What does this have to do with Christmas in July? Everything. Fitz approached me about a promotional opportunity, and I was instantly interested. When I started writing the Deployment Diary two years ago, I was almost immediately approached to sponsor products, partner with businesses, and help sell things. But here’s the thing: I don’t want to peddle insurance for a company I don’t use. I’m not going to promote a bank I’ve never set foot in. In good faith I don’t feel like I should try to sell you on something I have no interest in buying myself. My primary focus as a writer has always been authenticity. I believe there is great value in vulnerability, and ultimately I want readers to connect with our family’s stories, whether it’s finding hope and encouragement in the difficult times, or discovering something as simple as camaraderie. That said, I have yet to sponsor a product. Until now. Because… I actually think this one is amazing. And, not only did they give me one to test-run, they gave me TEN MORE to GIVE AWAY.


To give away to military families.

I feel like Oprah.

So. Here’s the background on why you want one, and then the info of how to enter.

“Fitz was built to help connect loved ones and families and enable sharing, watching, and re-living memories in a modern and easy way. Fitz Frame is closing the distance between family members and loved ones with simplified, real-time photo sharing. With a WiFi enabled photo frame controlled entirely from a mobile device, you can send photos and videos to a Fitz photo frame from anywhere in the world, instantly.”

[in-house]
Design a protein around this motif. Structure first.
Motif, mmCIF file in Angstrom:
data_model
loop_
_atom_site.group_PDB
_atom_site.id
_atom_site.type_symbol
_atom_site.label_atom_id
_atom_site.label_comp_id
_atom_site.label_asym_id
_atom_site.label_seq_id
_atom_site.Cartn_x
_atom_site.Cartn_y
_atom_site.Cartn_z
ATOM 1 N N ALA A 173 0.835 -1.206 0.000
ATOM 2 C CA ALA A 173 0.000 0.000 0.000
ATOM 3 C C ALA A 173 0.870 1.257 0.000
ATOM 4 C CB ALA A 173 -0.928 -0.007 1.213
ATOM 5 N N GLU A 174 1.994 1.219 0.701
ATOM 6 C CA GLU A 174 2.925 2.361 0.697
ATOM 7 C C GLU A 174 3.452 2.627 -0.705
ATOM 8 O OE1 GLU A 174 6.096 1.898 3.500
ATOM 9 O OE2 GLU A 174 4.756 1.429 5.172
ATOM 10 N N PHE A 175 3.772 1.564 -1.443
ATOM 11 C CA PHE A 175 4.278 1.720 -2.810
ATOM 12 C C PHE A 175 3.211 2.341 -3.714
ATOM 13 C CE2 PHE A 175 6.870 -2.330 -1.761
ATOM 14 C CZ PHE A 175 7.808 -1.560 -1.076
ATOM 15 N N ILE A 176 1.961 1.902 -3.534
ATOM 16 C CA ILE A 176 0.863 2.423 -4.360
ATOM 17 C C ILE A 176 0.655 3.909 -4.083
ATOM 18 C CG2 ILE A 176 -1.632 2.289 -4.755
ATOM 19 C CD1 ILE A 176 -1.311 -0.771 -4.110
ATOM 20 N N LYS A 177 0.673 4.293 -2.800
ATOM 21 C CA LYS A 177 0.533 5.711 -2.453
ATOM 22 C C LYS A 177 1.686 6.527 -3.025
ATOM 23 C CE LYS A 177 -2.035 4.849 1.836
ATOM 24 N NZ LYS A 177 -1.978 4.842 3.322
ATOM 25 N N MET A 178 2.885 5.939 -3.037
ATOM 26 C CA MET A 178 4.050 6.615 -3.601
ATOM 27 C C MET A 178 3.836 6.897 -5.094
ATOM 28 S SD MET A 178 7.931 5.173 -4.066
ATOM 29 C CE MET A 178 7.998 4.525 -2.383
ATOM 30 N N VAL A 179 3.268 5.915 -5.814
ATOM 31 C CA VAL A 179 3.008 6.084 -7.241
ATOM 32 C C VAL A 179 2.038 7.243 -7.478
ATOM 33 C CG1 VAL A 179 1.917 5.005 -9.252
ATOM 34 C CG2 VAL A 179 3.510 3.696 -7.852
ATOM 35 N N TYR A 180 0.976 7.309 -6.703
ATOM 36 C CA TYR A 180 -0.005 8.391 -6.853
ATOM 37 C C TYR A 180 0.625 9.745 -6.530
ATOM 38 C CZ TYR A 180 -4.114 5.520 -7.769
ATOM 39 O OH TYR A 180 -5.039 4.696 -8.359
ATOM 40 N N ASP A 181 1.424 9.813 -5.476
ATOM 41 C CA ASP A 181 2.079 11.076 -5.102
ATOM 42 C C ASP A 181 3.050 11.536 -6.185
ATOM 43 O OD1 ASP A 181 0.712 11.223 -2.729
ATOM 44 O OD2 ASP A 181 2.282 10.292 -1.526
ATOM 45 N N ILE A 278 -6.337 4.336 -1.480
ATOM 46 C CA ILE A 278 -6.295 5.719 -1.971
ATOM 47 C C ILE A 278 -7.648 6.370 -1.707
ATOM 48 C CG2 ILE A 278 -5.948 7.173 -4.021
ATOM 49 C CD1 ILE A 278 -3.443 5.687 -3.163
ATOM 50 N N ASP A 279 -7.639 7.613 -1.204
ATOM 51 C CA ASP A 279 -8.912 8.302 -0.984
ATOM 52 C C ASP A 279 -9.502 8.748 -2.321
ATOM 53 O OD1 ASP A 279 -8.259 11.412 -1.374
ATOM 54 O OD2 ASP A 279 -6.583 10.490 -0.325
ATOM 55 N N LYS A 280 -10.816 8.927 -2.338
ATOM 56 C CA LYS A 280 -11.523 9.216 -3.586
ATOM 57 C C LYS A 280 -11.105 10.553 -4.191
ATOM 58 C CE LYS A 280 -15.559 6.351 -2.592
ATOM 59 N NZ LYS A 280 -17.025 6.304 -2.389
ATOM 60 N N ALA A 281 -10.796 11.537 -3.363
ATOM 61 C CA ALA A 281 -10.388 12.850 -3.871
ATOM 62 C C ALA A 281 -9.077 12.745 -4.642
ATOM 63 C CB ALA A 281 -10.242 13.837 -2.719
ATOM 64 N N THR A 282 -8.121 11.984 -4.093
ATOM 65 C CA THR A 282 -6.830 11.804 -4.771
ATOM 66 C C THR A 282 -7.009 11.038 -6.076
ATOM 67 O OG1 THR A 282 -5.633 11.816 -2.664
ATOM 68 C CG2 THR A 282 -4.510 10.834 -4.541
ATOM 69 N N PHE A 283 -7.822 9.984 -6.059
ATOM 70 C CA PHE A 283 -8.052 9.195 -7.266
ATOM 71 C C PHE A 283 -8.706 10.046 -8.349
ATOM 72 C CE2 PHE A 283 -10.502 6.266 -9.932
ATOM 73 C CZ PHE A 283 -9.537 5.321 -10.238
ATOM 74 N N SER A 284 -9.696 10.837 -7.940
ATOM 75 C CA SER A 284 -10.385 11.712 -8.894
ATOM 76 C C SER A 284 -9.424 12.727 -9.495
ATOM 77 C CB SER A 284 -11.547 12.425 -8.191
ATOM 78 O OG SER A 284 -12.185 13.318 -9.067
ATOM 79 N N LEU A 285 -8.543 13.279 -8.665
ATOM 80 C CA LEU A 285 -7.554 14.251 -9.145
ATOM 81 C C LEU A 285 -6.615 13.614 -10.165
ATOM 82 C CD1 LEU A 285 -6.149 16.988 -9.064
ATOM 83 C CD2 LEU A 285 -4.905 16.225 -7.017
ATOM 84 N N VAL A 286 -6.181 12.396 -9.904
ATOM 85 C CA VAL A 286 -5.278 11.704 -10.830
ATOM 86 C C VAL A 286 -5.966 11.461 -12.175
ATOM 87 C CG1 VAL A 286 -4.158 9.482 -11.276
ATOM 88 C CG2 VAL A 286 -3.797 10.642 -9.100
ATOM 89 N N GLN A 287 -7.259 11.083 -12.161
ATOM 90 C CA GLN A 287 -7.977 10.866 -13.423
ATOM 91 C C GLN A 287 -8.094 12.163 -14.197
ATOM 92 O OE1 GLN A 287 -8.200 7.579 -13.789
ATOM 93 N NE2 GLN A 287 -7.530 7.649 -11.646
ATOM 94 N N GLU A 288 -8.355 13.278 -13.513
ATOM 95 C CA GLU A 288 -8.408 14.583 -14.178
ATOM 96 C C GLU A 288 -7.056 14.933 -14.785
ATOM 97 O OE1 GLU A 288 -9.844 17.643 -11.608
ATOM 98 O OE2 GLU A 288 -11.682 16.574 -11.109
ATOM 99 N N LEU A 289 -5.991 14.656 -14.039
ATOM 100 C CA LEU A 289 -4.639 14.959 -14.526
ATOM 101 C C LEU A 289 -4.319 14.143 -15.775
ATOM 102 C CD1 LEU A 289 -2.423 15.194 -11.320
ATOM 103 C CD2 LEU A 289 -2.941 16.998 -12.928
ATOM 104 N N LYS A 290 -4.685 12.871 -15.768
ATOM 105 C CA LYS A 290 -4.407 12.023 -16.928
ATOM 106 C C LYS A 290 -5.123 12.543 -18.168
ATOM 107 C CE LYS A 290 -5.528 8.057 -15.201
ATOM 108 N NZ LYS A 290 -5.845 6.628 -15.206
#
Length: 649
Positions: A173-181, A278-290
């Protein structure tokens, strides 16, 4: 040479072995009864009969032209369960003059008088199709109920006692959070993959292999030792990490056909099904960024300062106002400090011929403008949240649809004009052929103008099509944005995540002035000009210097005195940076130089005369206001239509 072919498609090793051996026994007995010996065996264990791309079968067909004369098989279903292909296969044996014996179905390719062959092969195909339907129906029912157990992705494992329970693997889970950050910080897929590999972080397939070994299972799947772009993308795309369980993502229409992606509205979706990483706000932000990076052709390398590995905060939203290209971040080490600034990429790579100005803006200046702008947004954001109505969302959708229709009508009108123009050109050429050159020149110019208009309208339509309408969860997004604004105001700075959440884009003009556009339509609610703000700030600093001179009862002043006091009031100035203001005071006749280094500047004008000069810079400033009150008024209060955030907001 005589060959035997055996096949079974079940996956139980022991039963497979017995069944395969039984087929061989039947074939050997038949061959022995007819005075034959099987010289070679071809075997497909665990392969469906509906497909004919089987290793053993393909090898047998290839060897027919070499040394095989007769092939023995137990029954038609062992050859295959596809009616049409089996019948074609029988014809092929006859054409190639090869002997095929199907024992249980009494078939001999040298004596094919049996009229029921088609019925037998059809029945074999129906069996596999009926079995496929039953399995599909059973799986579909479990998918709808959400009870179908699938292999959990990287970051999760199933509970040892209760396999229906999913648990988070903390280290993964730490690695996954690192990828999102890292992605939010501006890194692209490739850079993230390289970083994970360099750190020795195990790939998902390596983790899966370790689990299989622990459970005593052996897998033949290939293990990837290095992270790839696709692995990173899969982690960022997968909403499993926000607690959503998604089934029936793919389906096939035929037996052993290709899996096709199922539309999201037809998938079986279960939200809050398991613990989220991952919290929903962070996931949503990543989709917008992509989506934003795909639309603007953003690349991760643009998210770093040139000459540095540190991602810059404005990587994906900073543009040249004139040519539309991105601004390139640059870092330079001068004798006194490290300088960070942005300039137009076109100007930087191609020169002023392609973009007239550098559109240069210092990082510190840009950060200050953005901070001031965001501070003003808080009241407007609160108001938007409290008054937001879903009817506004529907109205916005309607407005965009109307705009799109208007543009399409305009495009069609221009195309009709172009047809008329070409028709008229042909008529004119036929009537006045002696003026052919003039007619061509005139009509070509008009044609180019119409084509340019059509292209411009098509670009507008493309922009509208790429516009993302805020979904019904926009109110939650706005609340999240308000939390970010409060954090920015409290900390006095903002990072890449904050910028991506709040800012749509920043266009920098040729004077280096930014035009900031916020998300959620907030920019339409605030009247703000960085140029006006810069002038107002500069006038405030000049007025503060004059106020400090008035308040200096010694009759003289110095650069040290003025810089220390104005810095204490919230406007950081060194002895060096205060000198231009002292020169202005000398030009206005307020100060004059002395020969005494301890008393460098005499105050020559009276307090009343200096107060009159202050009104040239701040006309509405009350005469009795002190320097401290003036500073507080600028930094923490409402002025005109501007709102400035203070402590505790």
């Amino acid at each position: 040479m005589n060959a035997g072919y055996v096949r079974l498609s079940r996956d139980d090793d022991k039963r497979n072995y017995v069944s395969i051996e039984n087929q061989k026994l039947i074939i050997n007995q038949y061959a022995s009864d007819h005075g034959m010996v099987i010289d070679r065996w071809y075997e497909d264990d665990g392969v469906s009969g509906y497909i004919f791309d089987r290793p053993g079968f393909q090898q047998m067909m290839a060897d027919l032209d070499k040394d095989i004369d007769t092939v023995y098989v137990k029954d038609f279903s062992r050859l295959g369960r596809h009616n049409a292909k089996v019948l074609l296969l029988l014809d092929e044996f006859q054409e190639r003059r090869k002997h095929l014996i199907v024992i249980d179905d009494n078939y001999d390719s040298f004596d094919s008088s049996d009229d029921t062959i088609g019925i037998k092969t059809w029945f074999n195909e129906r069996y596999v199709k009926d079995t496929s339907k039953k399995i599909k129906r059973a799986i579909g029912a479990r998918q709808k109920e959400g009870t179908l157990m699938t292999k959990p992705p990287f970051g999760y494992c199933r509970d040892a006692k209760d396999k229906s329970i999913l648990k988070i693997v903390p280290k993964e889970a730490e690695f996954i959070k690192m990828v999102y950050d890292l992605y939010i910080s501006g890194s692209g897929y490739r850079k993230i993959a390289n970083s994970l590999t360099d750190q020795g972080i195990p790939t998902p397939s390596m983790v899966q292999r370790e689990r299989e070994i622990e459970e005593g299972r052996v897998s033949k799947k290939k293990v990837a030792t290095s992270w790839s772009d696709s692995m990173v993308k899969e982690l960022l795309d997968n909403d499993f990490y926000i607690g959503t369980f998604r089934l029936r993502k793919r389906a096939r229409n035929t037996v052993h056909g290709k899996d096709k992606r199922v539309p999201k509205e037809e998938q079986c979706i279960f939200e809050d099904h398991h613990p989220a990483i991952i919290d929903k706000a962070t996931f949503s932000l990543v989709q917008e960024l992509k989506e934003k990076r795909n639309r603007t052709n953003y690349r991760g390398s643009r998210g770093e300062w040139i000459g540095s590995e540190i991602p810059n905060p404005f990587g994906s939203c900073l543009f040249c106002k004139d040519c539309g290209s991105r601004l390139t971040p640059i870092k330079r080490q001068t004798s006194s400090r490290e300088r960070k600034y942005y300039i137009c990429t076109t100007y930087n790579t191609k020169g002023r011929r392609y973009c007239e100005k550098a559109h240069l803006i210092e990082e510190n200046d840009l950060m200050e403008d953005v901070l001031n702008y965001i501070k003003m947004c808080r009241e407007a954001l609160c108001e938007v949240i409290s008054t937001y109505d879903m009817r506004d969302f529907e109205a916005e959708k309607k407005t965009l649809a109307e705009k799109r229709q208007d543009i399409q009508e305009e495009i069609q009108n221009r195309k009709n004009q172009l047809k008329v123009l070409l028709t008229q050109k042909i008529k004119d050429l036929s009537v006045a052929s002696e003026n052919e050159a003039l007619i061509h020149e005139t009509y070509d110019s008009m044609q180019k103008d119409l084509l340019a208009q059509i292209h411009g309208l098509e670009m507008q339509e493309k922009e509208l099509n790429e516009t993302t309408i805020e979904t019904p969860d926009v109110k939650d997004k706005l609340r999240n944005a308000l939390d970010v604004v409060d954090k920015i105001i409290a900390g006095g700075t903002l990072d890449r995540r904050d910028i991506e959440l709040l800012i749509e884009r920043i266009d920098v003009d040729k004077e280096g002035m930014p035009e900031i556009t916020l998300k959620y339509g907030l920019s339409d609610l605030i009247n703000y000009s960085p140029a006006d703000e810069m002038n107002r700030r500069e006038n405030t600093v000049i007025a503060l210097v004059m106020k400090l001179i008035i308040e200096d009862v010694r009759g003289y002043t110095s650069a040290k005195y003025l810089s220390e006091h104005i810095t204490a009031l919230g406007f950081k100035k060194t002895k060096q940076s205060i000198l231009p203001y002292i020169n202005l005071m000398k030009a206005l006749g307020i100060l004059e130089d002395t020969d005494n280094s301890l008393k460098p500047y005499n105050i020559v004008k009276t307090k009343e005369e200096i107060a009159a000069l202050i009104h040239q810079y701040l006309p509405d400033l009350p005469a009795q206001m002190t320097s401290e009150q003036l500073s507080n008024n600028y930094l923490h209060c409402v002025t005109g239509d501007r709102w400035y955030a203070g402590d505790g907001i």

Fitz’s digital photo frames are different because of the connectedness they encourage. Anyone with an invitation to your frame (which you send out sooo easily from the free FitzFrame app) can upload pictures directly. When my husband pulls into port in a few days and has WiFi? He can upload a video message for the kids. I was making dinner the other night when a picture of my sister-in-law dancing with my dad at her wedding popped up. Those cousins I long to have running in our front door? Well, they’re scrolling across a screen in my kitchen instead, and my kids are ecstatic. You can have multiple users, from anywhere in the world, all uploading to your frame with the click of a button. It is MAGICAL, and truly the perfect gift for a military family to stay connected with one another, parents, siblings, and grandparents as well.